Where next for the D-Train?
Source: RTM Feb/Mar 17
Adrian Shooter, chair of Vivarail and former chair of Chiltern Railways, discusses the future of the company’s Class 230, after the recent fire incident during testing at Christmas.
It wasn’t ideal. On one of the last test runs before the Class 230 entered active service on the Coventry to Nuneaton line, a fire broke out in one of the engine modules.
As is natural, perhaps, for this most high-profile of projects, the incident happened right outside the new Kenilworth station in full view of the public, who were shortly joined by the media. Within minutes Twitter was also alight with photos and comments – many lamenting, some gloating, at the rather ignominious end to the trial.
But to paraphrase Mark Twain: rumours of Vivarail’s demise were greatly exaggerated.
The perfect storm
It really was the perfect combination of elements to create a visually spectacular fire that burned for about 30 minutes.
The root cause of the fire was, essentially, established as a fuel leak. The subsequent investigation found that there were a number of simple changes that would mitigate against it happening again in the future.
We are an optimistic bunch at Vivarail and so rather than bewail our fate, we have used this to make some improvements to the internal design of the engine module and taken comfort in the fact that other integral elements – such as the fire barrier under the saloon floor – has been proved to perform admirably.
Going forward: a blank page
The Class 230 project has, from the start, been based on many years of experience in running and maintaining trains. Many of our decisions and rationale have been based around a ‘what if’ methodology, and the core one was always: what if someone designed a train that needed minimal maintenance?
We knew that our train would be ideal for branch lines across the country – although of course it would have other applications, it’s not a one-trick pony! Many of these routes are isolated and accessing main depots is no simple matter. Indeed, on some of the routes we studied trains were travelling scores of empty miles every week just for the pleasure of undergoing some routine checks.
So our basic premise was to build a train that could be maintained trackside, simply by housing all the vital equipment within easily accessible and detachable modules and with a no-nonsense remote condition monitoring (RCM) system.
Again, drawing on our experience, we knew that many RCM systems were designed to monitor everything – with the result that much of the data was meaningless.
Primarily, what operators really need to know is if something is going to fail – and if that could be supplemented up by information to use in routine checks – then returns to depot could be nigh on nullified.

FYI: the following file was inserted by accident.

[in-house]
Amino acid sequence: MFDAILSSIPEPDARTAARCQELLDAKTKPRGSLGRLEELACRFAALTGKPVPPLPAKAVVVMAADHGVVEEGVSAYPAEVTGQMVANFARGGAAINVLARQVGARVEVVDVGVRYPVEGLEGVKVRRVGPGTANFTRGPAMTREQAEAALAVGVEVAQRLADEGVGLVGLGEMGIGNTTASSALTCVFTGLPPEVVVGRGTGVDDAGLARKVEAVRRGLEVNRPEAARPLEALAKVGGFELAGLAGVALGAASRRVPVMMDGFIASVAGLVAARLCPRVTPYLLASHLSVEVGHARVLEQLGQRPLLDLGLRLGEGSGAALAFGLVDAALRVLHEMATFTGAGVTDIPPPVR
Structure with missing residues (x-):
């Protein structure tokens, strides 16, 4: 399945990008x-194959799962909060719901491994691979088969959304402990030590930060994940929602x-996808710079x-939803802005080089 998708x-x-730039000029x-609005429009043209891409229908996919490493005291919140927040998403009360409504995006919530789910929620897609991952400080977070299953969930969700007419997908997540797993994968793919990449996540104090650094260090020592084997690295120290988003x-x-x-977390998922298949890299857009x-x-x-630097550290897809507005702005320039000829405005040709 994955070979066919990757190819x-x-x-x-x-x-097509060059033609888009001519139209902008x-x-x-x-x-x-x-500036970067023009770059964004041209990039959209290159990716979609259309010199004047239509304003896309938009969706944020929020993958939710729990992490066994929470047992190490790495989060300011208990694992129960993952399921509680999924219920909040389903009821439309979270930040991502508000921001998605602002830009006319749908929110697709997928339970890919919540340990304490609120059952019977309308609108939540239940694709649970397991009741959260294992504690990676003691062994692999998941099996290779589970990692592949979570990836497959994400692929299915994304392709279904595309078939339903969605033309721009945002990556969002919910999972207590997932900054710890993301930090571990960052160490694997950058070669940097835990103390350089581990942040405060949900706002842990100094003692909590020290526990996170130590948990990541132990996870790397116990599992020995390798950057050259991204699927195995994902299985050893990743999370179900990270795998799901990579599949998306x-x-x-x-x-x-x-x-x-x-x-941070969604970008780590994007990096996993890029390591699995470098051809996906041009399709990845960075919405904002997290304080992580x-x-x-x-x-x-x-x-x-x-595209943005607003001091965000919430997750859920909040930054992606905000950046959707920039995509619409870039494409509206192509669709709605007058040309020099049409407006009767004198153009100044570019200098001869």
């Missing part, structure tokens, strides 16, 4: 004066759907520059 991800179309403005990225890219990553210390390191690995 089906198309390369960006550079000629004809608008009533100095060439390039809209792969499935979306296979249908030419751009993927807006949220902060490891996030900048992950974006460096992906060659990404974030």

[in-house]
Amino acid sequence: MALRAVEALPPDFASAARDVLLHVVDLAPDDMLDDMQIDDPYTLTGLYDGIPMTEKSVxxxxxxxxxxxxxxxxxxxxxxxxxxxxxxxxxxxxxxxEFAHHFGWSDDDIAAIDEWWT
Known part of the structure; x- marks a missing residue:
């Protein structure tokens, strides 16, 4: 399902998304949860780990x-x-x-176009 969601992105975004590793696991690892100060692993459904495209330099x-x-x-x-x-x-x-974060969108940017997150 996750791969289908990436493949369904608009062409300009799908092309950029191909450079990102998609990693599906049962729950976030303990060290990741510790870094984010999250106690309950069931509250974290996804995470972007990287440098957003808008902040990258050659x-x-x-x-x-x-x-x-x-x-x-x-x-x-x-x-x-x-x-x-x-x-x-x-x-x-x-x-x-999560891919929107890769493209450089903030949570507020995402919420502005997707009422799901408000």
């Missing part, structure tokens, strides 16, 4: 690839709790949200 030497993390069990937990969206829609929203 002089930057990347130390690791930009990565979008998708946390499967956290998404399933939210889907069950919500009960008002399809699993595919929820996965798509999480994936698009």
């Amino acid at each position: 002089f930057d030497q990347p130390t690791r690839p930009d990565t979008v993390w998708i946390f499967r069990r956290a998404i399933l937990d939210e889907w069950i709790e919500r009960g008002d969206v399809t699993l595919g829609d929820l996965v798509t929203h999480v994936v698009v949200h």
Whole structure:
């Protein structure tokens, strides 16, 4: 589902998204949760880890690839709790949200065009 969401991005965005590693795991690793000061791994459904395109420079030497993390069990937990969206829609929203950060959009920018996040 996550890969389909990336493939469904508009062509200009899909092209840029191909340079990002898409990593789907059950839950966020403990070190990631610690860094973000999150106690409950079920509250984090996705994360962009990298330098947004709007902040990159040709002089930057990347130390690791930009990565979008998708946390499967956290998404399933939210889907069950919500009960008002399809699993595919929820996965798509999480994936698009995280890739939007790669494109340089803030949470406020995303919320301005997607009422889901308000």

With two engines on each power car, the train’s redundancy was immediately minimised – should one engine fail then the other would take over and normal service could continue until the module was swapped out.
The prototype train was built to be diesel-powered, but in actual fact the train is a diesel electric. The diesel engine is not what is powering the train and the train itself does not mind at all where it gets its power from, which opens up a whole range of possibilities.
So we began to build a new test car, work on which is nearly completed at our Long Marston base. This first new version will operate as a battery train. Once this concept is proved we can easily change the modules to test it in any variation.
The wider picture
When we started on the Class 230 project (a mere two years ago!) the main problem facing the industry was a lack of diesel stock, hence we made it our priority to be in a position to provide diesel units speedily and cost-effectively.
However, events happen and now many operators are dealing with changes – delays or even cancellation – in the plans to electrify their parts of the network. It may not be popular, but in some cases the economic benefits do not stack up and in others infrastructure is a major issue. This leaves operators in a tricky position – the travelling public is expecting what they have been told will be upgrades, and whether true or not, local opinion is likely to be unimpressed to find out their particular service will remain the same – especially if there is already a lack of capacity to add to the mix!
It quickly becomes apparent that the modular Class 230 is ideally placed to solve this problem, where someone is expecting a ‘clean’ electrified service being told they will have a diesel train is not going to go down well. However, giving them a battery/diesel hybrid train – green, modern and quiet – will easily mitigate against that.
Of course, there are places where electrification can still go ahead but obstacles – tunnels, for example – make it extremely expensive. There, a train picking up its current from upstairs or downstairs backed up with a battery to carry through the non-electrified sections of track would again give an operator an easy solution.
There is no magic bullet that will solve every need across the network, but the Class 230 certainly gives operators new options for their fleet. Its different power options combined with flexible internal layout make it a train that will work for operators and passengers alike. So when we are asked what the future holds for Vivarail, we are confident to say it is business as usual for our innovative train.
FOR MORE INFORMATION
The full report into the incident can be found on the Vivarail website:
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